The Lumads of the Philippines: Struggling from Conflict toward Peace

By: CDR Gilbert G. "Billy" Villareal, Jr. , Philippine Navy


Lumad is a Filipino-Bisaya term meaning "native" or "indigenous," and is the self-ascription and collective identity of the non-Islamized peoples who are said to be the original habitants of the island of Mindanao.1 The term is short for Katawhang Lumad (literally, "indigenous peoples"), the autonym officially adopted on 26 June 1986 by delegates to the Lumad Mindanaw People's Federation (LMPF) founding assembly. The Lumad groups are a minority in the southern Philippines, distinct from the majority Moro Islam people of Mindanao. Not coincidentally, the places where the Lumads live are also the country's last frontier in the hunt for natural resources. Because they have so far remained protected from mining and logging, the ancestral Lumad lands are said to have the highest mining potential of all the islands and include the last remaining uncut forests on Mindanao. Of the 23 priority mining projects under a government mining revitalization program in Mindanao, most lie within the ancestral lands of the Lumads. Aside from state-run mining and logging, and despite laws like the Indigenous People's Rights Act, big plantations and big corporations still manage to encroach on this ancestral domain.

In September 2015, a tribal war erupted between the paramilitary group called Magahat-Bagani and the local Manobo tribe of the Lumads after the militia killed three tribal leaders. The Magahat-Bagani were formed as part of an anti-communist/anti-insurgency drive being carried out by the Armed Forces of the Philippines, the continuation of a long struggle against insurgency beginning in the time of the anti-Japanese Hukbalahap Resistance in the occupied Philippines (1942–1954).2 In recent times, any Manobo who have complained about the behavior of the military and paramilitary troops are labeled as communist-terrorist sympathizers and targeted by these paramilitaries. There are plenty of allegations and misunderstandings from every side, including from the mining companies and local politicians. The Lumads, however, are the victims of these clashes: some 3,000 Lumads were displaced by the September 2015 incident after they fled from the Magahat-Bagan. The question is, who is to blame for the clashes: the military leadership, the communist-terrorist New People's Army (NPA), local leaders, the mining companies, or the people who reacted with force without any clear understanding of the situation? Which side should the people of the Philippines support if we are to achieve any peace for the Lumads—peace that, so far, has been elusive? And what is the best way for the military to confront such a complicated problem?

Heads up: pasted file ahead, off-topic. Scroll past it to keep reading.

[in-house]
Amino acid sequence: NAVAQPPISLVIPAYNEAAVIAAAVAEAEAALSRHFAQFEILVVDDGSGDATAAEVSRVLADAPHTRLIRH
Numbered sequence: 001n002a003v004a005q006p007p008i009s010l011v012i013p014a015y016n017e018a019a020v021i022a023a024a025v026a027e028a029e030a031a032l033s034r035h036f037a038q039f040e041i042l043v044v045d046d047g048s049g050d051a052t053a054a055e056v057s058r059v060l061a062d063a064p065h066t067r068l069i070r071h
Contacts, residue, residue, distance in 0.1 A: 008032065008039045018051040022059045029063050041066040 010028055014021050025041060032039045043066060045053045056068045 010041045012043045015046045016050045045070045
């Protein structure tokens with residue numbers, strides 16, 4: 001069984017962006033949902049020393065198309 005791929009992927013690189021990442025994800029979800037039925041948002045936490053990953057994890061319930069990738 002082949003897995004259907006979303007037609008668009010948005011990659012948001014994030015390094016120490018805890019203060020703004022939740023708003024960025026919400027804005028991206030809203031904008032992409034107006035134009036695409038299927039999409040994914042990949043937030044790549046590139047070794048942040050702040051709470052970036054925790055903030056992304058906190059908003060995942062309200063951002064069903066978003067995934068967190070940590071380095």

Communist Exploitation

In the Philippines, indigenous people have seen the passage of laws protecting their rights, customs, and beliefs, including the economic, political, and cultural practices handed down by their ancestors from before the colonization of the Philippines by Spain in the sixteenth century. These laws are similar to the protections the United Nations and other international bodies have granted to indigenous people throughout the world. In the Philippines, there are government agencies and non-governmental organizations (NGOs) that have been supporting these rights and ensuring protection for people such as the Lumads. At the same time, however, some of these organizations have been manipulating indigenous groups, exploiting their vulnerabilities, and exerting social control. One such organization is the Communist Party of the Philippines-New People's Army-National Democratic Front, or CPP-NPA-NDF. This movement is composed of three branches: an ideological front (the CPP), an armed group (the NPA), and a legal-political wing (the NDF).3

The CPP and NDF have legal standing. Based on their ideology, practices, and political agenda, the Philippine government gave the party a seat in Congress, and their party lists for congressional seats have been accepted since the 1990s. But these three branches of the violent communist movement in the Philippines have shaped the ideas of scholars, students, poor people, and indigenous people like the Lumads. As a result, such people will often accept the communist ideology and support their tactics, and frequently will join the communists' armed struggle against government forces.